This book is about intelligence. It explores the idea of intelligence in humans and machines. The main point is that humans must find a way to control AI, even when it acquires superior functionality in processing existing information and generating new one, such as ideas, technology, and art.
MY TAKE ON IT:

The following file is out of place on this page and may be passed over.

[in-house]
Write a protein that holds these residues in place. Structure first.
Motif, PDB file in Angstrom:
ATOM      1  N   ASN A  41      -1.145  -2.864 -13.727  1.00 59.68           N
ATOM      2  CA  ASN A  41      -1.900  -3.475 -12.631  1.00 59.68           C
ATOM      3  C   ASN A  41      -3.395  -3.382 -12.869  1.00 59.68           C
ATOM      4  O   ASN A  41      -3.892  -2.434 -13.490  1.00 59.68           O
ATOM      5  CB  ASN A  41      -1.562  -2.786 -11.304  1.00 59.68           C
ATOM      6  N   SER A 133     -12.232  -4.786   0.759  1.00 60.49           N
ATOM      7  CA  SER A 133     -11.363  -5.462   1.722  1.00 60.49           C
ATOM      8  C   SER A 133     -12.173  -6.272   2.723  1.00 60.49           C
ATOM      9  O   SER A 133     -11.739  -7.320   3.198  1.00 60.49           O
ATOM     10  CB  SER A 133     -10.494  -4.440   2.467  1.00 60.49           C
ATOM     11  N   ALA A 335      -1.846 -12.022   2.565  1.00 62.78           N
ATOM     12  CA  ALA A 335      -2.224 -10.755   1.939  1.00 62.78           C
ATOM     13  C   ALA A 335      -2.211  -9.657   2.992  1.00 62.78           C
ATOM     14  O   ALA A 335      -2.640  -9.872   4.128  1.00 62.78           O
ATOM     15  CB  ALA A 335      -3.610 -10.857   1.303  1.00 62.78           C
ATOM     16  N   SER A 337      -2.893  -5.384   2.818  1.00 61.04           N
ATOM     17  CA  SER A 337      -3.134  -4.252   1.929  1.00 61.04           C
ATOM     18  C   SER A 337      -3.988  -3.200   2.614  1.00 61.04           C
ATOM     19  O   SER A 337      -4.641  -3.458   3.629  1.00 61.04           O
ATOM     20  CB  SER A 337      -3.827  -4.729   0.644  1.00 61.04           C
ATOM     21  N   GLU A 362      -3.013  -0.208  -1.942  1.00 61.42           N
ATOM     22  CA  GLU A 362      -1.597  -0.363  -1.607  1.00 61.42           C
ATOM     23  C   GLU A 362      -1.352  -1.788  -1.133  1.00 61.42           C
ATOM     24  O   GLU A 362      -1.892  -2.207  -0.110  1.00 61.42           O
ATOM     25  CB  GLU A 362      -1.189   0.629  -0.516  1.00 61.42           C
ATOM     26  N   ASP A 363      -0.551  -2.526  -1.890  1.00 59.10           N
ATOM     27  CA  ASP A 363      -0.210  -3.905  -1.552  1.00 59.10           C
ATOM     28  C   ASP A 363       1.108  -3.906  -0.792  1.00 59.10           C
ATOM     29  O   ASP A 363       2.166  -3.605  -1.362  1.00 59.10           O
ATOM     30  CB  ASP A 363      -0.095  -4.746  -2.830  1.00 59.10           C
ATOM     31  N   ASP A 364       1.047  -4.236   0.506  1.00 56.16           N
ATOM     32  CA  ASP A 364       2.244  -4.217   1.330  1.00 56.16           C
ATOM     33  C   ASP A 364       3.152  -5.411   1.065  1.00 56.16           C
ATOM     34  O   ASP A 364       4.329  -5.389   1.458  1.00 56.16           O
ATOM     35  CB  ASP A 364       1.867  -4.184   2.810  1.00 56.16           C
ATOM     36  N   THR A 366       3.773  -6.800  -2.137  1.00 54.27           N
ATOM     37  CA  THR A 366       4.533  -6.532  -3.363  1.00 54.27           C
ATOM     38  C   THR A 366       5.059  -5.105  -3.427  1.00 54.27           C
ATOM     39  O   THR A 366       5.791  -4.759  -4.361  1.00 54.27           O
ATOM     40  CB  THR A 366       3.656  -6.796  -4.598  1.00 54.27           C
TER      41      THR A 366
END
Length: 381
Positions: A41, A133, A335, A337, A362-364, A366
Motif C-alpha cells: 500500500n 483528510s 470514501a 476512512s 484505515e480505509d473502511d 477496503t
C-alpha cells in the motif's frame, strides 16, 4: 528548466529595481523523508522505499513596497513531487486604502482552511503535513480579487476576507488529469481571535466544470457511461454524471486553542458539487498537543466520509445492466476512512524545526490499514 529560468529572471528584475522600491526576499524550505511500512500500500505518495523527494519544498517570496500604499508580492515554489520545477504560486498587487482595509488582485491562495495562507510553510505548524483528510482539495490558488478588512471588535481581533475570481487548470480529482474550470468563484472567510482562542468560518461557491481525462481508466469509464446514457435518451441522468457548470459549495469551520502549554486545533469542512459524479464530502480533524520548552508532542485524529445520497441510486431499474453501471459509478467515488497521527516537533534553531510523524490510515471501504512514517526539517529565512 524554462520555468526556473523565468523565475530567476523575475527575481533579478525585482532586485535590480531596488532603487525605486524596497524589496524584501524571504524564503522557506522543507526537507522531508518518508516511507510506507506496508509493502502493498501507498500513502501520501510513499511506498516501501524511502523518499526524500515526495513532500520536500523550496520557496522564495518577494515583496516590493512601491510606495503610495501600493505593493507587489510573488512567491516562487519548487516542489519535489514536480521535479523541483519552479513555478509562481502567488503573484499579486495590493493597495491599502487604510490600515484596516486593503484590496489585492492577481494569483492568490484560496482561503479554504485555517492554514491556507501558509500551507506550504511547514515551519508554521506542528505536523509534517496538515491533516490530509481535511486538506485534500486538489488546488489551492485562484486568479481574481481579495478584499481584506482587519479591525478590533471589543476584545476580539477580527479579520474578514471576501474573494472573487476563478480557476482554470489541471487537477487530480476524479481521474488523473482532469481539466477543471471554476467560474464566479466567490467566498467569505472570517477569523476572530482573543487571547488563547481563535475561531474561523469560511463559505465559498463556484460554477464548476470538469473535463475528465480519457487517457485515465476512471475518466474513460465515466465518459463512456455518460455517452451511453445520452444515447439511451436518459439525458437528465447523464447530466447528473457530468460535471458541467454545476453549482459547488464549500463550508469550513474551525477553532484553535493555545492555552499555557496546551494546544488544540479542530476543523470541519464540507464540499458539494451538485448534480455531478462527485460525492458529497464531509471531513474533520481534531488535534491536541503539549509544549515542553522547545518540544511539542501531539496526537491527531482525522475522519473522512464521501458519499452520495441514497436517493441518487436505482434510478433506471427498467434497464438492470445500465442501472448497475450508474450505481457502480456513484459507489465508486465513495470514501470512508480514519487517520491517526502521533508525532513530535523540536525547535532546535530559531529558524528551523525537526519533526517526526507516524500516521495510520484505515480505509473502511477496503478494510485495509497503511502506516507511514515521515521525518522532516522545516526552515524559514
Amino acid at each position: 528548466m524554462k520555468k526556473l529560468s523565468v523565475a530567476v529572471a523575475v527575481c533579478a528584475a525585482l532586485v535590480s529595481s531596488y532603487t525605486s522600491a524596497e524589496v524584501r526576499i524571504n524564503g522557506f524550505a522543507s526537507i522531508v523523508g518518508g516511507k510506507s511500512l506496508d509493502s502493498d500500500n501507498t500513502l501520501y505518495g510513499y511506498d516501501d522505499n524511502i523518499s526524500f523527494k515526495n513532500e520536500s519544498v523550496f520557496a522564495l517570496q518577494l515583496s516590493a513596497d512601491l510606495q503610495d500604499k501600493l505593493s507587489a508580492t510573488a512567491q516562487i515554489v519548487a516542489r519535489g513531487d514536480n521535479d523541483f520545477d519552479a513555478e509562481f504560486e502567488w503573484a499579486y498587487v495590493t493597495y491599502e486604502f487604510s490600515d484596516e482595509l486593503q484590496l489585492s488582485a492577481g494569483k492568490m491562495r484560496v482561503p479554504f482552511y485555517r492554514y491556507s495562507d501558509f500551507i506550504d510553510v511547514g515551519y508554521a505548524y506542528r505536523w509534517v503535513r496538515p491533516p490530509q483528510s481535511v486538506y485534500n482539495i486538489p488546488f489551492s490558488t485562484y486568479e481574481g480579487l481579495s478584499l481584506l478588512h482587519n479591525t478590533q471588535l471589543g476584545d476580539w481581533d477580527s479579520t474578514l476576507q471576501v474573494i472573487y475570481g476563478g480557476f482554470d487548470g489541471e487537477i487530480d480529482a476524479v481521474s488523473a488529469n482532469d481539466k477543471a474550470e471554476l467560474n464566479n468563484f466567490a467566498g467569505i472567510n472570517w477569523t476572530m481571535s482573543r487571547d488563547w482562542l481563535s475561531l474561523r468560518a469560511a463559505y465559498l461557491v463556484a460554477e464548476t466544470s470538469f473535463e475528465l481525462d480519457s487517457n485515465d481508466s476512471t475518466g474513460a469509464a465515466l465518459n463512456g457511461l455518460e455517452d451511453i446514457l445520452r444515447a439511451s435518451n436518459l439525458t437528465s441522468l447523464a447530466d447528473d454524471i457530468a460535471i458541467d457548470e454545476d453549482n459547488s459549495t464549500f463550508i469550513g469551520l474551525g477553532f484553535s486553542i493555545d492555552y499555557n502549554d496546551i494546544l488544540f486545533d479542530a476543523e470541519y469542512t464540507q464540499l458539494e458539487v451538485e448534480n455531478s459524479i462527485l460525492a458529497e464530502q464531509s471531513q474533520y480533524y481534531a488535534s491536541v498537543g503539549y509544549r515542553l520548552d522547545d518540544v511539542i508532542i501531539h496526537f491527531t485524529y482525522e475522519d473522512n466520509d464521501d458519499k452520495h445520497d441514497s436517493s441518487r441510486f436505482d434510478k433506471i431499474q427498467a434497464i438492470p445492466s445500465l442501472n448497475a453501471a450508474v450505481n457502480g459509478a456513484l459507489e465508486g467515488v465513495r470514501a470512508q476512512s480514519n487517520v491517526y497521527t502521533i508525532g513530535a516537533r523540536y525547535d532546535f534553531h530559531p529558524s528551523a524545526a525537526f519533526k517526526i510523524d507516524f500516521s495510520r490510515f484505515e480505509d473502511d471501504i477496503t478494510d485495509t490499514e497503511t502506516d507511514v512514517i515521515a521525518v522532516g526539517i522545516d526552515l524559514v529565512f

This book is a pretty good presentation of the concept of intelligence as a more or less abstract idea. It also includes detailed descriptions of current debates and provides some suggestions for dealing with AI. I think the whole problem is a bit overblown because of the dominant concept of humans as purely biological objects as we are now and have always been. However, if one looks at a human as a self-directing information-processing object deeply embedded into the network of interactions with other humans, the problem kind of disappears. Humans are all different from each other in their DNA, cultural background, and behavior. So, why is it a problem if humans create a silicon-based self-directing information-processing object with all human characteristics except for the biological base? I do not think it will happen because nobody needs it, maybe except for some controlled experimentation. Beyond that, AI will be used as all other machines: to process materials and information to satisfy biological humans’ material and intellectual needs. The key here is the notion of SELF, which no AI computer could obtain without being “raised” in the same way as human beings are. Surely, it could be done much faster, but the nature of the process has to be the same.